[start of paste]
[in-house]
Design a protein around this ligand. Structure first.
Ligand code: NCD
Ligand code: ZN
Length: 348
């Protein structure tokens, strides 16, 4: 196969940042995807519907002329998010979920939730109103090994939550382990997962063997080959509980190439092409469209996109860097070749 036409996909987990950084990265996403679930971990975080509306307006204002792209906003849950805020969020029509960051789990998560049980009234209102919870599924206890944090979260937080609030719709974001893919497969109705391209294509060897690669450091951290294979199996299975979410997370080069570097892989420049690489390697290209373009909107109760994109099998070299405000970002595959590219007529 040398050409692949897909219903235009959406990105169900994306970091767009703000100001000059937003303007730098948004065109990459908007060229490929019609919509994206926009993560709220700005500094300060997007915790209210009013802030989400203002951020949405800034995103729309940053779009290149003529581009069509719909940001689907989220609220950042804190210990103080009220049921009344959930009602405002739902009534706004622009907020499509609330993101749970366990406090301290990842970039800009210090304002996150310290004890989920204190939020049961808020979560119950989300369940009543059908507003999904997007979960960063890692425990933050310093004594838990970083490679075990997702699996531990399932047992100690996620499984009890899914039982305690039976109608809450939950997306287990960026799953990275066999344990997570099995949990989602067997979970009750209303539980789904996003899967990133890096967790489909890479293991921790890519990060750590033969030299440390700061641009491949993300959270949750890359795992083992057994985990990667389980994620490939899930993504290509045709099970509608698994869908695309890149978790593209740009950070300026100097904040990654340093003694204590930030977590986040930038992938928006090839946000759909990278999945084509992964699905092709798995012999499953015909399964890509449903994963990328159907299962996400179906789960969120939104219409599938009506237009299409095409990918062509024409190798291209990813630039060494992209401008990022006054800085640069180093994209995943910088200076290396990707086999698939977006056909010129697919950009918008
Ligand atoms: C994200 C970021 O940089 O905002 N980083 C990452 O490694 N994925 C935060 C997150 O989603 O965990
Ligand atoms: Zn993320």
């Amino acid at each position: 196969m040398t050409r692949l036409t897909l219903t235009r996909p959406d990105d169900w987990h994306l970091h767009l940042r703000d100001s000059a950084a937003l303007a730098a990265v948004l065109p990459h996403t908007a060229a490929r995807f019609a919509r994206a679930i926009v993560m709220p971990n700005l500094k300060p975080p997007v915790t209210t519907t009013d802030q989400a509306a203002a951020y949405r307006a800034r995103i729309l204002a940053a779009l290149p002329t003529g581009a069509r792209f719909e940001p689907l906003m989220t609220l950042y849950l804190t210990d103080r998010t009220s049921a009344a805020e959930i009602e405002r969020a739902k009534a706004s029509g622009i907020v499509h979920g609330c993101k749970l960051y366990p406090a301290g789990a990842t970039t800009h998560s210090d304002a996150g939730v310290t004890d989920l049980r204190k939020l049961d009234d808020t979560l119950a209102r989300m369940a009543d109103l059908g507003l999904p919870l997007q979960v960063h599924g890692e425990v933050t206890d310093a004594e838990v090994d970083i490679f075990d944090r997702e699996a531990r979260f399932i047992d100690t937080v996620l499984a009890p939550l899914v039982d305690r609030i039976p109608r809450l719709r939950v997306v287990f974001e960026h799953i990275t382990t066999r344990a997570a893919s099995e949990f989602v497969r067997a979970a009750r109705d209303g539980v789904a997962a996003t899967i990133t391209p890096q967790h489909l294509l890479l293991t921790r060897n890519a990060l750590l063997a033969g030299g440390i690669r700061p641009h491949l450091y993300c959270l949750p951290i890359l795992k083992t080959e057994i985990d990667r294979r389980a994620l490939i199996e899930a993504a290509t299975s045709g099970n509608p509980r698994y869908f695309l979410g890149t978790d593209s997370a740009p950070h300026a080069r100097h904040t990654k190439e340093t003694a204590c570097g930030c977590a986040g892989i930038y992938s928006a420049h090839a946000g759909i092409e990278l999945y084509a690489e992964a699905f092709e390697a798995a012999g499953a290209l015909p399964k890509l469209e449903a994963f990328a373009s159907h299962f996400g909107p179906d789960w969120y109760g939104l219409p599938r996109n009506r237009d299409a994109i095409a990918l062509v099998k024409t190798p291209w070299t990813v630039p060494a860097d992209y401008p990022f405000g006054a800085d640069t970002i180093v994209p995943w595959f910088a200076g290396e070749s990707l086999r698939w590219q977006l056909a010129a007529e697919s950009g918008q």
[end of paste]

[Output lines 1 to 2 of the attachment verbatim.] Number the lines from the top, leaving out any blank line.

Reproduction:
[in-house]
Design a protein around this ligand. Structure first.